The material on this website is for information only
and is not intended as any recommendation or endorsement of any products or companies mentioned. We are not licensed by the FSA to give financial advice, and none of the material on this website constitutes or is intended to constitute financial ...
News
Irish IndependentHome truths: How the vote will affect youIrish IndependentMark O'Regan examines the potential effects — both negative and positive — that may 1 Mark O'Regan examines the potential effects — both negative and positive — that may be felt here in the wake of Britain's decision to sever ties with the EU ...and more »
Poll-axed by our 'yes' to EU divorceThe Times (subscription)... market-based pension had shrunk by more in cash terms than I had ever lost before in a single day. Partly because share prices had risen earlier last week on City hopes that “remain” would win, the value of my self-invested personal pension (Sipp ...
This is MoneyWhat Brexit means for your finances: Savings that can be made - and steps you can take to protect the family financesThis is MoneyMeanwhile, stock markets have responded negatively, not just here in the UK but across Europe and the rest of the globe, impacting adversely on our pensions and investments. .... And he thinks this could have a major effect on people's personal finances.
Telegraph.co.ukMoney, holidays and shopping - what will Brexit mean for you?Telegraph.co.ukIt said on its website: “We have temporarily suspended our travel money website following unprecedented customer demand for foreign currency overnight and this morning. We apologise to all ... Ditto, Europeans living and working in the UK. ... What ...and more »
Babble (blog)EU referendum: Battle to be Brexit Prime Minister heats up as Tory MPs question Boris Johnson's leadership credentialsTelegraph.co.ukAs the flags of European nations lead the annual Pride parade in London the referendum result is hot on everyone's lips. Thousands of people are taking part in this year's event, a day after the UK's vote to leave the the EU was announced. Some of ...What Brexit Means for My Family Living in the U.K.Babble (blog)How Brexit could affect your investments and pensionThe Week UKall 11,743 news articles »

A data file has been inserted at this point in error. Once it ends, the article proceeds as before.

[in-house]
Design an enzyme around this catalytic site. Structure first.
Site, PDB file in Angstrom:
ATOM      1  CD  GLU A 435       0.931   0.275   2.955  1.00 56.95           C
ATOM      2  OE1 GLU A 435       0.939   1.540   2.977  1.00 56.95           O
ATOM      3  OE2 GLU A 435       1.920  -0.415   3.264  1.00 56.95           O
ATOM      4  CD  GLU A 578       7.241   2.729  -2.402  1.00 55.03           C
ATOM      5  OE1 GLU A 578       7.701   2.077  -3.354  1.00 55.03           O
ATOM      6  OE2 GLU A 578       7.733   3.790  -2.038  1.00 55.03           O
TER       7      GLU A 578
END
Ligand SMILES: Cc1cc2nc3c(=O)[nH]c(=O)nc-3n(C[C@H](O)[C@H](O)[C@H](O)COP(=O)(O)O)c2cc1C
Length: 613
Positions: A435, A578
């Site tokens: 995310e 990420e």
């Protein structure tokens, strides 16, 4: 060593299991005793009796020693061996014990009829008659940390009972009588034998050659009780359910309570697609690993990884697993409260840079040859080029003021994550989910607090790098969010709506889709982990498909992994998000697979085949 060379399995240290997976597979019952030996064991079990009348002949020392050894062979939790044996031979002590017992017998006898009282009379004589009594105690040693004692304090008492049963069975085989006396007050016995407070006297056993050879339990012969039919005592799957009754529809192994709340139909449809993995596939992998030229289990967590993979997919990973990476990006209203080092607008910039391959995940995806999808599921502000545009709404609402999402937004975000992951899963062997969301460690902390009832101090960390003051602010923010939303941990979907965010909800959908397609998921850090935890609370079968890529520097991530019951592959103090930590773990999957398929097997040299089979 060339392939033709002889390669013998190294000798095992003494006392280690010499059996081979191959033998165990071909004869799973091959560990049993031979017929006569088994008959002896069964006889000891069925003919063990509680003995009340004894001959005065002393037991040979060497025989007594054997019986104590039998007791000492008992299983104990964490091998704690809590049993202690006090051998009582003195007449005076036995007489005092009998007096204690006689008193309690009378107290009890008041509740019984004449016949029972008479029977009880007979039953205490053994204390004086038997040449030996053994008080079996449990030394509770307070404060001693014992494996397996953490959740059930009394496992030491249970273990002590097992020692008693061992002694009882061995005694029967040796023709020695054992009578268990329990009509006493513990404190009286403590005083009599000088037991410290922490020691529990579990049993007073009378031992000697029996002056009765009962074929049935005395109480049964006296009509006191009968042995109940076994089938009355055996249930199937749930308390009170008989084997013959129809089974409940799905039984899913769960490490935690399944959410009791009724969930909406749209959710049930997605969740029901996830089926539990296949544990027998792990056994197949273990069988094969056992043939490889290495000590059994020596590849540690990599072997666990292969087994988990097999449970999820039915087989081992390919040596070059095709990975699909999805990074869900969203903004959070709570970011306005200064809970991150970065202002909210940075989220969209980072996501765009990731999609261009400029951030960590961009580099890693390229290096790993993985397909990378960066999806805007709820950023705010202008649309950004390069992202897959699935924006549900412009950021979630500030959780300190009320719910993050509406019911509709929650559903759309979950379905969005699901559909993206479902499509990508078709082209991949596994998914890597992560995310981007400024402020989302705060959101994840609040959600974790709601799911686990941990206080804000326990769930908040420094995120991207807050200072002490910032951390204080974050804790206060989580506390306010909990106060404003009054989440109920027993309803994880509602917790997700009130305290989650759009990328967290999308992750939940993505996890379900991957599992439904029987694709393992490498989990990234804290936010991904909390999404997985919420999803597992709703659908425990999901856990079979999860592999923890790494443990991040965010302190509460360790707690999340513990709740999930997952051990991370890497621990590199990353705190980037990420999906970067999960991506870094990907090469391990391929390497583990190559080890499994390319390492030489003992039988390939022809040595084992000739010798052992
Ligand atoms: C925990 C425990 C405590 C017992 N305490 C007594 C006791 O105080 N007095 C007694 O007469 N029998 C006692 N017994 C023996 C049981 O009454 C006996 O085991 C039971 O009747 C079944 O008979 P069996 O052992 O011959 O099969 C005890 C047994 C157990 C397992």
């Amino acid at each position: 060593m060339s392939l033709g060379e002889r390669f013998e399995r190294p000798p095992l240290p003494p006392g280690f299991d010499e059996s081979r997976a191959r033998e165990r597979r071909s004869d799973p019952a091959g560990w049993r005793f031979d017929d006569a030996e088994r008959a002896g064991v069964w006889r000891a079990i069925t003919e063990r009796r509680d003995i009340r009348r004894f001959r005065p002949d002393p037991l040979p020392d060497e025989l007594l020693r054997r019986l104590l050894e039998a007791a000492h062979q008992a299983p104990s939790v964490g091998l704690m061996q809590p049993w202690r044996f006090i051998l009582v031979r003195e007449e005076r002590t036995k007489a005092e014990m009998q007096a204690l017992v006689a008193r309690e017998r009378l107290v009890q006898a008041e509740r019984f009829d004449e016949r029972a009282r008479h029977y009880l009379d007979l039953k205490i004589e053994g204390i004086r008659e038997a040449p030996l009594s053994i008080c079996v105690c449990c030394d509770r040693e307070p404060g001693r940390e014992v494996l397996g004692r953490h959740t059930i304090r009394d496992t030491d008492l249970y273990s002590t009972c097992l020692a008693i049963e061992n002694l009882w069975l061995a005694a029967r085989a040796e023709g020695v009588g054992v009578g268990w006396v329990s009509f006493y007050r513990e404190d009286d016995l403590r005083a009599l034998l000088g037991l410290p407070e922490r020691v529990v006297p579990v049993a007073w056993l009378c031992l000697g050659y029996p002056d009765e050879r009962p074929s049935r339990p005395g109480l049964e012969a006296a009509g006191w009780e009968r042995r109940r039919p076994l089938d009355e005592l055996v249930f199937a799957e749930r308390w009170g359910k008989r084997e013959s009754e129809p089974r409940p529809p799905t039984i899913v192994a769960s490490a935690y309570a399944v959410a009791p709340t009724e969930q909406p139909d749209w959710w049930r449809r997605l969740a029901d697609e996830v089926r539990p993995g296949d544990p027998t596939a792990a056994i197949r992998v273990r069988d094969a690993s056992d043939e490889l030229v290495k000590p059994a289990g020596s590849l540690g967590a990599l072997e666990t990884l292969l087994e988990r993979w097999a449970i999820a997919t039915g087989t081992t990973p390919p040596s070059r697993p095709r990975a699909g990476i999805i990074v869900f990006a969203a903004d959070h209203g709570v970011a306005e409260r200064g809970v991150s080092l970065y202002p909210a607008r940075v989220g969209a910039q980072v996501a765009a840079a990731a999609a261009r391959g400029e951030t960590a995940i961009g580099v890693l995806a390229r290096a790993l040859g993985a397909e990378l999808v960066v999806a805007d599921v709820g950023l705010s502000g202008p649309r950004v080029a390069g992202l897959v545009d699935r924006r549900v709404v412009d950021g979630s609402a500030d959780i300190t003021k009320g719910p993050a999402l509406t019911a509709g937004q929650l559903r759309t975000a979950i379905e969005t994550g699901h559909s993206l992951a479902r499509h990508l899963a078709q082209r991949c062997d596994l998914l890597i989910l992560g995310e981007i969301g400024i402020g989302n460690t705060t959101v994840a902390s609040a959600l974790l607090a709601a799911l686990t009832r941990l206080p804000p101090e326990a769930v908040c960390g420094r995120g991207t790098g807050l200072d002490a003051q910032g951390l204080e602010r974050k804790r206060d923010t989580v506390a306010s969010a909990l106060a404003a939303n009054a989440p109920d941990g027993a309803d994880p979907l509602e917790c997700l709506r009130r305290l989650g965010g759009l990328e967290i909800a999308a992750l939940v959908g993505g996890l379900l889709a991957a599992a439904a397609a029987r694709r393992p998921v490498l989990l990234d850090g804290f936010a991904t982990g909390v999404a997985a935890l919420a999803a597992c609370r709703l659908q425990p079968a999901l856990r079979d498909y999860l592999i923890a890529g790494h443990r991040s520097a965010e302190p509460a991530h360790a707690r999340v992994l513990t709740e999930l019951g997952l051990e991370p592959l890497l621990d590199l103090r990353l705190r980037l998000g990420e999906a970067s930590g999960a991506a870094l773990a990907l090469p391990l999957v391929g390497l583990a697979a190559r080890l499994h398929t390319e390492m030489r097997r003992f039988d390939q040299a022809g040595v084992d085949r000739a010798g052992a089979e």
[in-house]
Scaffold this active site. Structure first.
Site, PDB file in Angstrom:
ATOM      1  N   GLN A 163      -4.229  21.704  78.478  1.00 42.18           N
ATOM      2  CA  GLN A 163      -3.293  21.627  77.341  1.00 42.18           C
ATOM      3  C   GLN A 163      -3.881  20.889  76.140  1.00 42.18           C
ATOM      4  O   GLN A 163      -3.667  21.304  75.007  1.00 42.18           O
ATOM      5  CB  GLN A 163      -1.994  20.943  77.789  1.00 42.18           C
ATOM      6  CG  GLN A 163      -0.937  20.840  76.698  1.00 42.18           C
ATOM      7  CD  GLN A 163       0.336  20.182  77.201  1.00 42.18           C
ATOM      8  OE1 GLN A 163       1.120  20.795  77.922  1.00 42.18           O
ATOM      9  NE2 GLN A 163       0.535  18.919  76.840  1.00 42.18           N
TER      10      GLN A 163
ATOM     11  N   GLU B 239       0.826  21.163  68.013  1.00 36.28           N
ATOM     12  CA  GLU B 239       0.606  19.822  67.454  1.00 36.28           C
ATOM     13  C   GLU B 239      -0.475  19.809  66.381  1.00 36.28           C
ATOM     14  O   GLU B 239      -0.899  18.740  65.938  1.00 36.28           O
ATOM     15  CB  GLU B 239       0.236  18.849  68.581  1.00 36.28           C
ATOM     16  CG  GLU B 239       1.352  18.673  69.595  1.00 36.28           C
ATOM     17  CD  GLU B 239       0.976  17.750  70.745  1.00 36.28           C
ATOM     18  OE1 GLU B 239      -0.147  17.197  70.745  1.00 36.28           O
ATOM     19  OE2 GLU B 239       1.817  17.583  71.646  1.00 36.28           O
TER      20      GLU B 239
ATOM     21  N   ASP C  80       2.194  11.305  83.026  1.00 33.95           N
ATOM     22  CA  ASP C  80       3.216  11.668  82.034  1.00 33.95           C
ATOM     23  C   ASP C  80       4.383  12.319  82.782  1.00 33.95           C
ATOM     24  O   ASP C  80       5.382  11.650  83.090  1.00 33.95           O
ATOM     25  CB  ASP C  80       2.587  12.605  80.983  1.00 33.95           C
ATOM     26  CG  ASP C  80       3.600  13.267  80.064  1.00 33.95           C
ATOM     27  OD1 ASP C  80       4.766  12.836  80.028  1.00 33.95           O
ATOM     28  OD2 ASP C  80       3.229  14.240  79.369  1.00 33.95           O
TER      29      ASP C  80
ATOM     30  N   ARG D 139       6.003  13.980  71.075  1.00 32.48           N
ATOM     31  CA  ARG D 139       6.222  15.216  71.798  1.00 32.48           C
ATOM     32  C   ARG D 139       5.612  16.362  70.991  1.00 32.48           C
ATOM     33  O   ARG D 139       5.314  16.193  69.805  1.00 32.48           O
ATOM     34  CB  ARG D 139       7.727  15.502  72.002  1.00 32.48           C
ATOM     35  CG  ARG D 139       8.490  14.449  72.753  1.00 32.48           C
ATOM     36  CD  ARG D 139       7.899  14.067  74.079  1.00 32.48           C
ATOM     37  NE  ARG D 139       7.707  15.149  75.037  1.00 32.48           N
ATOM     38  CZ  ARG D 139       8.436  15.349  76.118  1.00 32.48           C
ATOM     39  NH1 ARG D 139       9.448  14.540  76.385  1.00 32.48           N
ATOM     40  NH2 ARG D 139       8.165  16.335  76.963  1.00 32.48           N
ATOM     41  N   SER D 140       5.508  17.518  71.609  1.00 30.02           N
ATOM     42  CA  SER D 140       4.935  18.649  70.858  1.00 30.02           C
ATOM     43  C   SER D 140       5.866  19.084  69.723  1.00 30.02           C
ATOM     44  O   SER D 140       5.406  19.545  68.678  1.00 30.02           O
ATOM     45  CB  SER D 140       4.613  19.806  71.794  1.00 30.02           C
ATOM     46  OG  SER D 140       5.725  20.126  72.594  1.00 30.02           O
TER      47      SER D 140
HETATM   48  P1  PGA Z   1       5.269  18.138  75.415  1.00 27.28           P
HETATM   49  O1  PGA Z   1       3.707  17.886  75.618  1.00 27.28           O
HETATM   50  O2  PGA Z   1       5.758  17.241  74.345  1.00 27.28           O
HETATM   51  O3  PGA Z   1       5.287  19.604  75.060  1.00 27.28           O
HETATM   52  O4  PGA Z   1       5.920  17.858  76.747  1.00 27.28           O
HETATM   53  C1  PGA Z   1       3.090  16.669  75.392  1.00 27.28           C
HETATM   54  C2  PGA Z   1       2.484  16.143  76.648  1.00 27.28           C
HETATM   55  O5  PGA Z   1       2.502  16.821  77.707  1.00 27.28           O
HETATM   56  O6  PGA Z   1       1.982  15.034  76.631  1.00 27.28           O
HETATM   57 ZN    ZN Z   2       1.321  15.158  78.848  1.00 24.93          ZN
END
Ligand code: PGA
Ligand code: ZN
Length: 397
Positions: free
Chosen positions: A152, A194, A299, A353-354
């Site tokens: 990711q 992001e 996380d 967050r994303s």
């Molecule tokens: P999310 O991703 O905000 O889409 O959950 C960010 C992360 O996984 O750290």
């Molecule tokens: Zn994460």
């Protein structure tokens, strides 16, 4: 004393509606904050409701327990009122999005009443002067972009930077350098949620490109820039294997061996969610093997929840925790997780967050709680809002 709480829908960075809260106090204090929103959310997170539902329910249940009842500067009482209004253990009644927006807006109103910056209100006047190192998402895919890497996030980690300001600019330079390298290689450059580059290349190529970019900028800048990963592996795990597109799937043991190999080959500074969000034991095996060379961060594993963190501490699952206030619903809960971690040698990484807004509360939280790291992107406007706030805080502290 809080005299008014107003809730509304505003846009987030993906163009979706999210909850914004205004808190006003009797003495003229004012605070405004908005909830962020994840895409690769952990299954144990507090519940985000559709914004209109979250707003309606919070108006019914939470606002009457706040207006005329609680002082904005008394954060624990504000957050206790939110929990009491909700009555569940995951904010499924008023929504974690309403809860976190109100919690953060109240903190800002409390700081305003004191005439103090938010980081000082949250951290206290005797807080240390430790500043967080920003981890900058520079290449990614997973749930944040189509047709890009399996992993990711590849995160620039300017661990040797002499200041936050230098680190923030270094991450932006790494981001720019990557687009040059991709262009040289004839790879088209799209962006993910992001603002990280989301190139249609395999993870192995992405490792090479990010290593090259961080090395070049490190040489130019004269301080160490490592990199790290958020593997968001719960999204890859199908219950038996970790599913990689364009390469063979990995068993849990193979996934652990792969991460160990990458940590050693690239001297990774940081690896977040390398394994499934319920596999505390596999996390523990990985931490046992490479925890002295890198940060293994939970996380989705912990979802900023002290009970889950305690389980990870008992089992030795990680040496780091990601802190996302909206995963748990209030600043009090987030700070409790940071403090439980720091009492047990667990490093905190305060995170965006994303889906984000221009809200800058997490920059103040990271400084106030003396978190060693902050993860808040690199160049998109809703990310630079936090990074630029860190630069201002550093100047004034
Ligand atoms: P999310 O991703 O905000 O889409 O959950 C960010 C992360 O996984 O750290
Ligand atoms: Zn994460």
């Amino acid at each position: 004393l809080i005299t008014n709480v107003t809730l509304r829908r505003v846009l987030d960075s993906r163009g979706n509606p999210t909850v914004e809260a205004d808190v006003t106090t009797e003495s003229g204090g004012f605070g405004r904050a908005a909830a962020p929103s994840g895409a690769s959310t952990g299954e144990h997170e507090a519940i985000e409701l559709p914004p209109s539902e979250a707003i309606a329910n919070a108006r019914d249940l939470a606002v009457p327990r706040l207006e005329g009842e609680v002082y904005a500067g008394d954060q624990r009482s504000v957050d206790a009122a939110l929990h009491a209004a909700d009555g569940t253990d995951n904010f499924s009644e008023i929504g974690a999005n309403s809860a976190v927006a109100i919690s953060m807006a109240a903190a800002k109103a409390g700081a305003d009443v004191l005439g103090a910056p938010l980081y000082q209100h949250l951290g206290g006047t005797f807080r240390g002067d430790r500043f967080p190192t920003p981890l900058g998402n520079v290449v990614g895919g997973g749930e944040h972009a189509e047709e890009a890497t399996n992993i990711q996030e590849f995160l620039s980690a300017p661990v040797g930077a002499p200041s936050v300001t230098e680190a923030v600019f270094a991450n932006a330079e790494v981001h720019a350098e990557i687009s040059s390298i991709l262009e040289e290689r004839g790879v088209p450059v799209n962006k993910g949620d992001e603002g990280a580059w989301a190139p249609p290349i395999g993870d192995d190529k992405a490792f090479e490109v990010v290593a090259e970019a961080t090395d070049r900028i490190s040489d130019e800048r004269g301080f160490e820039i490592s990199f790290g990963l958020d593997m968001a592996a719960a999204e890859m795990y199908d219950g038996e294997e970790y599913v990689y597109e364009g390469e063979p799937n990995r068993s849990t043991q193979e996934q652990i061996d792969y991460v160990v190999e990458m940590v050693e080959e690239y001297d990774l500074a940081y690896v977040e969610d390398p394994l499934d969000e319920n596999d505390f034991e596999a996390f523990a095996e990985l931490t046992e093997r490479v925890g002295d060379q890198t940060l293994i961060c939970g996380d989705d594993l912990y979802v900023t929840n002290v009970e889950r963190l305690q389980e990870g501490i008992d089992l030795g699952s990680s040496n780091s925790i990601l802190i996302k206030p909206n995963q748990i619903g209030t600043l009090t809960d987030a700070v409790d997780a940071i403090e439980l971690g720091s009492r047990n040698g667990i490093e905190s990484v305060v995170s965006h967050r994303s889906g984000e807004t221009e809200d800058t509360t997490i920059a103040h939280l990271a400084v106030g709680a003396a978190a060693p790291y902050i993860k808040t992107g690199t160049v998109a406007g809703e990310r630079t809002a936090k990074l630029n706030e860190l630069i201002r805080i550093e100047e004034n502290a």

Have you met...
Latest Members:


marwasaf


lolo


danny


midomidi2013


asmaasaad


shazly


ser1es

 

General News

Email this story to a friend:

Nationwide’s 125% mortgage.

You may have seen reports that the Nationwide Building Society is bringing back 125% mortgages09-07-2009
You may have seen reports that the Nationwide Building Society is bringing back 125% mortgages – that is loans of a quarter more than the value of the properties they’re being used to buy.

These high ‘Loan to Value’ mortgages are blamed by some for getting us into a sticky mess with the housing market in the first place. But if you read the details of this loan there seems no reason to believe that irresponsible lending is making a comeback.

The Nationwide will only offer this mortgage to existing customers who are in negative equity (the value of their home is less than the amount they borrowed to buy it) but need to move. New customers won’t be eligible. They have to put down a deposit of at least 5% of the value of the property they’re buying and can borrow a maximum of 95% of its value.


Nationwide says the 125% loan will be available from the 10 June 2009 for existing customers who:

- -        are in negative equity

- -        need to move home

- -        meet strict lending criteria and

- -        have a good credit record.

Borrowers in these circumstances will be able to transfer part of their existing negative equity with them when they need to move home. Both the main loan and the associated negative equity top-up are restricted to three and five year fixed rate deals:

       *       Main loan up to 95% LTV: 6.73% (3 year fixed) and 7.48% (5 year fixed)
       *       Top-up loan covering 100-125% LTV: 7.23% (3 year fixed) and 7.98% (5 year fixed).

Other lenders are said to be considering offering similar deals to get the market moving again but the Nationwide says it doesn’t expect demand to be high.  
 

Advertise with us  |  Privacy  |  Terms & Copyright                                                                                     Website maintained by USP Networks